# Web Survey Bibliography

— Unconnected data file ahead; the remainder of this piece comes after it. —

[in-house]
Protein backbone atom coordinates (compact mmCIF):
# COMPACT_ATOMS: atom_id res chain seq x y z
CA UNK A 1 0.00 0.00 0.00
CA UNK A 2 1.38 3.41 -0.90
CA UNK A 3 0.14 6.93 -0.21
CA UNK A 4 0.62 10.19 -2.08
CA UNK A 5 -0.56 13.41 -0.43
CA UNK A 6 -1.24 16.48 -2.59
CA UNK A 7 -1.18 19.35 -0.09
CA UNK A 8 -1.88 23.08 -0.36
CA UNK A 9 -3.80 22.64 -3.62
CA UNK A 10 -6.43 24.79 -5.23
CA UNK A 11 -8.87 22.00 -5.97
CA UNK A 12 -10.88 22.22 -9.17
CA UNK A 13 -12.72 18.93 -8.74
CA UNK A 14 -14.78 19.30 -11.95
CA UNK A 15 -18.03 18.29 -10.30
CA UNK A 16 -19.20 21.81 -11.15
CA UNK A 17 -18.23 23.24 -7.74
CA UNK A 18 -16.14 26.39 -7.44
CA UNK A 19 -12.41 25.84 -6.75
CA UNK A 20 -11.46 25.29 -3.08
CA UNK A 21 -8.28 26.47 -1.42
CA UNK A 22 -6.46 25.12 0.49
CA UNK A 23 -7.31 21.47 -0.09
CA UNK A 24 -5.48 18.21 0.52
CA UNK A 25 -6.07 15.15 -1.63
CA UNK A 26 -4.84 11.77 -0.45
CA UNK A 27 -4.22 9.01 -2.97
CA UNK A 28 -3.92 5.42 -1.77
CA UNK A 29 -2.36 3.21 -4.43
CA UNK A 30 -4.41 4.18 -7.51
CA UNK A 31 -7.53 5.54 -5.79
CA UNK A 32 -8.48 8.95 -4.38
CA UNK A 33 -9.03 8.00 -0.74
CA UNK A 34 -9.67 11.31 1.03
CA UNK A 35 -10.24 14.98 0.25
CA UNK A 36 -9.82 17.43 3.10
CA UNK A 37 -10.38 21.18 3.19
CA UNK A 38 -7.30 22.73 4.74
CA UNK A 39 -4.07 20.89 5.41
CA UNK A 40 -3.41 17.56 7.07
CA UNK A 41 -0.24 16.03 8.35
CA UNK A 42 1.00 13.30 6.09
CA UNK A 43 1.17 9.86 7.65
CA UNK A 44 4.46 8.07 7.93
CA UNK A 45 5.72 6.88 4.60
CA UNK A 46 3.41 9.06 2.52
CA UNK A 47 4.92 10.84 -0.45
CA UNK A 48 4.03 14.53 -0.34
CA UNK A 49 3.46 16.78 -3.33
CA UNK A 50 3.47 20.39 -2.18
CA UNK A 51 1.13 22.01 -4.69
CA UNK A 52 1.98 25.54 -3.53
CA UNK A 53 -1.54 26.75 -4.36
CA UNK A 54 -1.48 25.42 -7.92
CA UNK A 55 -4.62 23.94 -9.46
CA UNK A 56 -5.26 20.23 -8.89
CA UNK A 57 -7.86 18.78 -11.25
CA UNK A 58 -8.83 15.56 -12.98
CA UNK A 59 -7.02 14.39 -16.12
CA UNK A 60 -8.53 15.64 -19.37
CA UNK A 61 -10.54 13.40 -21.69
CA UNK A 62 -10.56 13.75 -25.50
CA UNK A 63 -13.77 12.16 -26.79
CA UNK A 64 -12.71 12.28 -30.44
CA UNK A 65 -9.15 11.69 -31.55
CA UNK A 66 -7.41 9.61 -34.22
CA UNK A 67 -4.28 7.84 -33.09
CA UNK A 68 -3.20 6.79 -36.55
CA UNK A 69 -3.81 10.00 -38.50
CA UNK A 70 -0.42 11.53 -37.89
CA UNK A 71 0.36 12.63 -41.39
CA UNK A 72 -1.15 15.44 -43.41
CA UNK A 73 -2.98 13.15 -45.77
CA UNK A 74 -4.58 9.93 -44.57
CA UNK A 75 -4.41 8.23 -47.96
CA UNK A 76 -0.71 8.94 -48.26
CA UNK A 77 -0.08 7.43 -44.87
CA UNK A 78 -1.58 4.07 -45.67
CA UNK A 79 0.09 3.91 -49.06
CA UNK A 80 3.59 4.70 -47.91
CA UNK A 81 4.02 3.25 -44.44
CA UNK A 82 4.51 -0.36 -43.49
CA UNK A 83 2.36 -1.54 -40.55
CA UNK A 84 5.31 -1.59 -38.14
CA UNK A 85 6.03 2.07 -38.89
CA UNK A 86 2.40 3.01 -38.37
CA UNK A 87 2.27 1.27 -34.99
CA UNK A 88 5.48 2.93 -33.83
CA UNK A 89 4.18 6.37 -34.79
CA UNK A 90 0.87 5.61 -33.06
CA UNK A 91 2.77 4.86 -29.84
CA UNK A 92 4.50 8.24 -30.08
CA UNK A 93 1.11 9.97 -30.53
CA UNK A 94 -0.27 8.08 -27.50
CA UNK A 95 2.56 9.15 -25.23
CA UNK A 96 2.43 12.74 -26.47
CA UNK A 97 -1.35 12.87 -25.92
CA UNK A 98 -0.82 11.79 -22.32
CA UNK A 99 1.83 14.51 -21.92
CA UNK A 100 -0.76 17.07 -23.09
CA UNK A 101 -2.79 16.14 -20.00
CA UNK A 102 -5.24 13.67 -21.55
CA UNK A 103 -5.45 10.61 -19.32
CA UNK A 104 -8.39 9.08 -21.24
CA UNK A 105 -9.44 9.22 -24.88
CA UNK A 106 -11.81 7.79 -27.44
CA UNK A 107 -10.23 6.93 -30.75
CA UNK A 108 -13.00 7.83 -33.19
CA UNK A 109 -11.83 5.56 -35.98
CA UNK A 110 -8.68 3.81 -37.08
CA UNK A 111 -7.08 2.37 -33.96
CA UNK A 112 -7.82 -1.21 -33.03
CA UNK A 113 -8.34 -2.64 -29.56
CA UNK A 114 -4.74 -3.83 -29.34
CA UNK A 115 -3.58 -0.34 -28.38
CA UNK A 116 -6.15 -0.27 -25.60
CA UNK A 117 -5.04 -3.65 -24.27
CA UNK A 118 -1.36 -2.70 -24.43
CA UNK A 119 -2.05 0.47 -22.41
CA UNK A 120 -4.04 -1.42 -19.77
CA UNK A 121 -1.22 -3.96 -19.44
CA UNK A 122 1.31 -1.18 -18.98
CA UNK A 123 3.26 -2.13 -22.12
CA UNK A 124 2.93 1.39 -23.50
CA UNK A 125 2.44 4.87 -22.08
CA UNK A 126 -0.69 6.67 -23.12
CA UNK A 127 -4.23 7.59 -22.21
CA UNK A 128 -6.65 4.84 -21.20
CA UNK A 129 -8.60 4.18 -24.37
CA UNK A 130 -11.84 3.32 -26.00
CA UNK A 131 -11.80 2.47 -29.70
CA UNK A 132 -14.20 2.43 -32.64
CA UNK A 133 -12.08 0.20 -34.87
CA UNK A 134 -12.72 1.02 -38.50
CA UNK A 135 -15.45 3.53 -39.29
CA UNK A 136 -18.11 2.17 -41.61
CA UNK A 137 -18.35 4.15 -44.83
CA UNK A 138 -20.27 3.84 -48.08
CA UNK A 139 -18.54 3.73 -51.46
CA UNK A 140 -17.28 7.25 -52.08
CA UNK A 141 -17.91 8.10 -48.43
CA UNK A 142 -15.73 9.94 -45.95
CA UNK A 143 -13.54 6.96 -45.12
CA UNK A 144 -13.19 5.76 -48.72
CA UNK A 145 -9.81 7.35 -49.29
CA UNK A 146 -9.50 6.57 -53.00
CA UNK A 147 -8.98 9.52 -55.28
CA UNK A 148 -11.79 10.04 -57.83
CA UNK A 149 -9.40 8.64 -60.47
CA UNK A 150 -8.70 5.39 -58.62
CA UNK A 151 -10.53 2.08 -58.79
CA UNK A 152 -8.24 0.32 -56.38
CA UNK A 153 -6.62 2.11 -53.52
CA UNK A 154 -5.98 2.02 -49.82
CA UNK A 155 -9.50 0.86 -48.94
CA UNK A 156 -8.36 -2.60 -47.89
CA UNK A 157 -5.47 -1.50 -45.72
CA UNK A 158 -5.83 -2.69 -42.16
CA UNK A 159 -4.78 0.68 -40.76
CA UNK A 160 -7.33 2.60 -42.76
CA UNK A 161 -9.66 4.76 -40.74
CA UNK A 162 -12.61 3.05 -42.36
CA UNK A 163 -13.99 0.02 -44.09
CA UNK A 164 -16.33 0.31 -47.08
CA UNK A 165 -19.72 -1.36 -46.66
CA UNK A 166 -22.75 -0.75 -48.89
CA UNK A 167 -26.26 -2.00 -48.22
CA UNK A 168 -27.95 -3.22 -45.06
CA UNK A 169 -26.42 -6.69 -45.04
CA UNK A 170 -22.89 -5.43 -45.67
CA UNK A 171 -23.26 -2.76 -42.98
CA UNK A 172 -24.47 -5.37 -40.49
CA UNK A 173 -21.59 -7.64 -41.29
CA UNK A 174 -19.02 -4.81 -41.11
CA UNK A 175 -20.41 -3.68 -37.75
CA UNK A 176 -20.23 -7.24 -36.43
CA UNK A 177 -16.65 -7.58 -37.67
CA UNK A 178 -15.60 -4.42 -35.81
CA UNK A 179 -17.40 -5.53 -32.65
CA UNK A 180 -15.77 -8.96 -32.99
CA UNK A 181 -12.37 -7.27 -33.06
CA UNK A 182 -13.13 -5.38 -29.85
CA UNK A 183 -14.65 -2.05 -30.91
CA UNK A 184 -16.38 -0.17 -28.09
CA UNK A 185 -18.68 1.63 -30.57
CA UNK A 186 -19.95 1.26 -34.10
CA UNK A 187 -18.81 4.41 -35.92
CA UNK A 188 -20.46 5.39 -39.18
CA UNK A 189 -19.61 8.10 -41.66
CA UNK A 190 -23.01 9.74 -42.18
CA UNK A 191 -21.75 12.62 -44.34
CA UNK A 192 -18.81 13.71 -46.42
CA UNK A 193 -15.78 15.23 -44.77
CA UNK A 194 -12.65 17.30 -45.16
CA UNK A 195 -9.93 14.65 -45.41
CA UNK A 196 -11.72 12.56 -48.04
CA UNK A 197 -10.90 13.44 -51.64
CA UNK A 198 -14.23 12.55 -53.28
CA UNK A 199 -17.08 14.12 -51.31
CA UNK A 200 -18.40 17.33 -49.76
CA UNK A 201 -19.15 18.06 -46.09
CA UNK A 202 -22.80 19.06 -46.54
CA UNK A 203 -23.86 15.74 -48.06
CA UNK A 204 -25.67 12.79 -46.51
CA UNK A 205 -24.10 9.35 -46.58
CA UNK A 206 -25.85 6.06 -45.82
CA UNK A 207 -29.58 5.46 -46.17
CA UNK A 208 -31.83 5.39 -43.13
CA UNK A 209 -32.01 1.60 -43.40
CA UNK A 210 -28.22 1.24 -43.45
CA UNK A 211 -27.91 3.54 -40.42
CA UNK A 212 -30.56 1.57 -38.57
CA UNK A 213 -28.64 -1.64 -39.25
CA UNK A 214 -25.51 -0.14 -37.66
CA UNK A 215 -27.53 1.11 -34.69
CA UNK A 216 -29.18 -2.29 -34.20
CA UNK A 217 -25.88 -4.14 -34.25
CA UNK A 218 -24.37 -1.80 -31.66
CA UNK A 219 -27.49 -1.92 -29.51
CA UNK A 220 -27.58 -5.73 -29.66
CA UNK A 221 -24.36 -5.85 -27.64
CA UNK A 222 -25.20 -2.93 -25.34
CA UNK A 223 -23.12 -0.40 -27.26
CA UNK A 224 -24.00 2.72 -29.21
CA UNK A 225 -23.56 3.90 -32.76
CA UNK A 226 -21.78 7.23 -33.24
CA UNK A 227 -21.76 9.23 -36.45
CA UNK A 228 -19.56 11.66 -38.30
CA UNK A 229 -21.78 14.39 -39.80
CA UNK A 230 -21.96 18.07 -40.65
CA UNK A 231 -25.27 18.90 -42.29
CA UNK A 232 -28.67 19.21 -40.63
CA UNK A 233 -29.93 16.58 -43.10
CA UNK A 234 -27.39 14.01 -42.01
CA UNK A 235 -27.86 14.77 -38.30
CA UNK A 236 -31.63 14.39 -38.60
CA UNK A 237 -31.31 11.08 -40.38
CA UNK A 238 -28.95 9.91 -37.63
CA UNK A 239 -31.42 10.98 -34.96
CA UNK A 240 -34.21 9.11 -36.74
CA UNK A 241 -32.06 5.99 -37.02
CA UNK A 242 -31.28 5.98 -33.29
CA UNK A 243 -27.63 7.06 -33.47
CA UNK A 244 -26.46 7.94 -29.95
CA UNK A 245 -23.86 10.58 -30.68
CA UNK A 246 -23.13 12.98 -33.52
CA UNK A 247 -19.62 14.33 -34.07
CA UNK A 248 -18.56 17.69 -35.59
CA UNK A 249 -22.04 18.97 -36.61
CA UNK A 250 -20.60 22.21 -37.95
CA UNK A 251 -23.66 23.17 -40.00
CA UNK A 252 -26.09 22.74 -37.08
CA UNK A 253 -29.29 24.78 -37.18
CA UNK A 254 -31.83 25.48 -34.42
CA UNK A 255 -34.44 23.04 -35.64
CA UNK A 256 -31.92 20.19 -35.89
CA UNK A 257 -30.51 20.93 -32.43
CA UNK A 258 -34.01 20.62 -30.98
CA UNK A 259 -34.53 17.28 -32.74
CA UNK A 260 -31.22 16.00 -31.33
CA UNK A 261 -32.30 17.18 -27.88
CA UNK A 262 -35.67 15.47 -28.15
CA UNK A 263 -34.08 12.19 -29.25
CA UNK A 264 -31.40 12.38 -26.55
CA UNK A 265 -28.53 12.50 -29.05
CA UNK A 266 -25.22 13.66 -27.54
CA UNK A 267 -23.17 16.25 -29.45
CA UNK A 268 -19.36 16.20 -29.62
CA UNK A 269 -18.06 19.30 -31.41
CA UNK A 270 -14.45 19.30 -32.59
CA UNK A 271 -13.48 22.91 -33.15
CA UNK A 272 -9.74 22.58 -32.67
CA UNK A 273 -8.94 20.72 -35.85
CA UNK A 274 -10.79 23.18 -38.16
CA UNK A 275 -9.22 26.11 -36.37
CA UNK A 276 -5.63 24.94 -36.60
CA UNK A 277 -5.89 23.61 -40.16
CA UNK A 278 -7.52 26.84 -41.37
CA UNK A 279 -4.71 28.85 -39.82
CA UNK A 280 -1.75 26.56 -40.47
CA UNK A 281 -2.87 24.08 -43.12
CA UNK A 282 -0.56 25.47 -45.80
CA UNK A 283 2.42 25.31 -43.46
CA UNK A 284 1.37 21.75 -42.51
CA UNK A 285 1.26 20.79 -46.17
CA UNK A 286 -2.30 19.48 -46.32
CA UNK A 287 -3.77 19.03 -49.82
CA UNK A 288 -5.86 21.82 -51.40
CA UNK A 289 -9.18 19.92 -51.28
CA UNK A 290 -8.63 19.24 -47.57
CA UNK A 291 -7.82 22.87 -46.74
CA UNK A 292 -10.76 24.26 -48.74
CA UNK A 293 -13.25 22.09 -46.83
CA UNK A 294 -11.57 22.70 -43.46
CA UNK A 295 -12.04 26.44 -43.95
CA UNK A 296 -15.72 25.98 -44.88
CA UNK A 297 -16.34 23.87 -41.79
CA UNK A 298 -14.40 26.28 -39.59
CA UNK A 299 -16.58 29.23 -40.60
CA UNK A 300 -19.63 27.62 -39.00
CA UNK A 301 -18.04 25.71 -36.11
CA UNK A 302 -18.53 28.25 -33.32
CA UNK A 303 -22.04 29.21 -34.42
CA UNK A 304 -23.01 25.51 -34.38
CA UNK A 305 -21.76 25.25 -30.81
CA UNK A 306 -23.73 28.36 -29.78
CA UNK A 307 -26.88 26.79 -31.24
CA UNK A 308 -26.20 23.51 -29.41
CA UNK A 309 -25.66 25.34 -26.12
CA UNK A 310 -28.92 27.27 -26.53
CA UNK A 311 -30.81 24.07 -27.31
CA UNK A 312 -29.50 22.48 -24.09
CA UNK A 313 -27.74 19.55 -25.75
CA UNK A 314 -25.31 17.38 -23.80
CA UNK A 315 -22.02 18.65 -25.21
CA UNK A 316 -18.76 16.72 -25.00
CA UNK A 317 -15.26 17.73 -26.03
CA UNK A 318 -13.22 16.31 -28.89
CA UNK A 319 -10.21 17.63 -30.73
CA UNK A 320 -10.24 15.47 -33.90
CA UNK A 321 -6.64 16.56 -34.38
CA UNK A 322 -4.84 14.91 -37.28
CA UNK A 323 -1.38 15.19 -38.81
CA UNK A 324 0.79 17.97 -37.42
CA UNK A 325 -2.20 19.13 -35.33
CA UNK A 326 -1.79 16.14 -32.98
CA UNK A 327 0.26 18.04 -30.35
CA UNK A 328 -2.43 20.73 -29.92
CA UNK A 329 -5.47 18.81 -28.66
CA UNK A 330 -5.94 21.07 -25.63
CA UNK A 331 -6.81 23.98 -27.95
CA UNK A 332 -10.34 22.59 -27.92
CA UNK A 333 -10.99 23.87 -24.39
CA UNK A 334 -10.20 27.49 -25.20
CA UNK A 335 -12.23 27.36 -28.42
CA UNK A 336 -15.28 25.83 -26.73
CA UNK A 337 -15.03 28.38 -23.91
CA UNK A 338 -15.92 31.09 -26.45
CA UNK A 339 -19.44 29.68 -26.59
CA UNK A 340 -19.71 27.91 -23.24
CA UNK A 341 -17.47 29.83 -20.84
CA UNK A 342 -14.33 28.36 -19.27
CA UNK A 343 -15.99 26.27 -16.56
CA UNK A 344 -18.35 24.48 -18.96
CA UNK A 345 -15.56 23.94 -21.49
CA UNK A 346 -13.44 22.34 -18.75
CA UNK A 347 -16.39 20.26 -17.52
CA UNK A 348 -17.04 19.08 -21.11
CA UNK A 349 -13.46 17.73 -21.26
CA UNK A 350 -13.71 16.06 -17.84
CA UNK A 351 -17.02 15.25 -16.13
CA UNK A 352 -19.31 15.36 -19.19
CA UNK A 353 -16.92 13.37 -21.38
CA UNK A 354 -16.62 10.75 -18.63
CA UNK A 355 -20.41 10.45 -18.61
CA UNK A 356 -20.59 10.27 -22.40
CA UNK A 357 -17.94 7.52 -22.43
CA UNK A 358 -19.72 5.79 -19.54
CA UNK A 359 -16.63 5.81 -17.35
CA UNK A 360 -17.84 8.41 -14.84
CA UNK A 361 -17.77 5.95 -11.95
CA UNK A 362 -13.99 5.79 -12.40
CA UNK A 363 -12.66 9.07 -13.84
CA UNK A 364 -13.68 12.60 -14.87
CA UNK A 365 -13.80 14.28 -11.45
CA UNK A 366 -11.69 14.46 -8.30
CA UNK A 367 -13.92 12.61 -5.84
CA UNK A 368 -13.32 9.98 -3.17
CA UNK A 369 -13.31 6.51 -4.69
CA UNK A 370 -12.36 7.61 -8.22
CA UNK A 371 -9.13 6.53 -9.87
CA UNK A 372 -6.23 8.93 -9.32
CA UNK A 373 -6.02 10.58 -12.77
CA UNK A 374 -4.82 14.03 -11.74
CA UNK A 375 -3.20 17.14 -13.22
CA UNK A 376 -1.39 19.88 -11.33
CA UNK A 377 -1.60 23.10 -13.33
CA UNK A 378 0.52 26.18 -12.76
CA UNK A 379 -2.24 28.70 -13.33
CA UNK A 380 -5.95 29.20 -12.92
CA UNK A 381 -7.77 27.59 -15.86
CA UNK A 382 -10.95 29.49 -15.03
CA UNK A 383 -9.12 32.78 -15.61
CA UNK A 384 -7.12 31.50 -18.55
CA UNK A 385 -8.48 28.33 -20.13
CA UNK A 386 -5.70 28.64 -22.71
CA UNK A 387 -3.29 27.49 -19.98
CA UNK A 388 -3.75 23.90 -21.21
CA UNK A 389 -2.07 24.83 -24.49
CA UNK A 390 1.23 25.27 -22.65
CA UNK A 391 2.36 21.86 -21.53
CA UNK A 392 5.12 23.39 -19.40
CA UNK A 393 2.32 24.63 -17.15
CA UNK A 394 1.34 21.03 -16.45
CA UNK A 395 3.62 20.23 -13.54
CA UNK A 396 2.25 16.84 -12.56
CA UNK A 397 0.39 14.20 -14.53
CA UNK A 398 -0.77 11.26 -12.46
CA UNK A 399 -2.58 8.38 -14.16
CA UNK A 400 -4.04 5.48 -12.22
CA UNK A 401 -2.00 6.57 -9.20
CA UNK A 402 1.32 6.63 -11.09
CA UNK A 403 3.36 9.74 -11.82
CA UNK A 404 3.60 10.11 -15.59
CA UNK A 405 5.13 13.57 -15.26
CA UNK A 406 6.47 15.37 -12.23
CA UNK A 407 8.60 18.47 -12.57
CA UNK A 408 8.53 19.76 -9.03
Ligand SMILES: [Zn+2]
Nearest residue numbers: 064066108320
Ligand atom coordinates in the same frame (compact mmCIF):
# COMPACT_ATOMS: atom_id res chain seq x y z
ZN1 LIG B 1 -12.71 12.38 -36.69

This article investigates estimation of finite population totals in the presence of univariate or multivariate auxiliary information. Estimation is equivalent to attaching weights to the survey data. We focus attention on the several weighting systems that can be associated with a given amount of auxiliary information and derive a weighting system with the aid of a distance measure and a set of calibration equations. We briefly mention an application to the case in which the information consists of known marginal counts in a two- or multi-way table, known as generalized raking. The general regression estimator (GREG) was conceived with multivariate auxiliary information in mind. Ordinarily, this estimator is justified by a regression relationship between the study variable y and the auxiliary vector x. But we note that the GREG can be derived by a different route by focusing instead on the weights. The ordinary sampling weights of the kth observation is 1/π<sub>k</sub>, where π<sub>k</sub> is the inclusion probability of k. We show that the weights implied by the GREG are as close as possible, according to a given distance measure, to the 1/π<sub>k</sub> while respecting side conditions called calibration equations. These state that the sample sum of the weighted auxiliary variable values must equal the known population total for that auxiliary variable. That is, the calibrated weights must give perfect estimates when applied to each auxiliary variables and the study variable means that the weights that perform well for the auxiliary variable also should perform well for the study variable. The GREG uses the auxiliary information efficiently, so the estimates are precise; however, the individual weights are not always without reproach. For example, negative weights can occur, and in some applications this does not make sense. It is natural to seek the root of the dissatisfaction in the underlying distance measure. Consequently, we allow alternative distance measures that satisfy only a set of minimal requirements. Each distance measure leads, via the calibration equations, to a specific weighting system and thereby to a new estimator. These estimators form a family of calibration estimators. We show that the GREG is a first approximation to all other members of the family; all are asymptotically equivalent to the GREG, and the variance estimator already known for the GREG is recommended for use in any other member of the family. Numerical features of the weights and ease of computation become more than anything else the bases for choosing between the estimators. The reasoning is applied to calibration on known marginals of a two-way frequency table. Our family of distance measures leads in this case to a family of generalized raking procedures, of which classical raking ratio is one.

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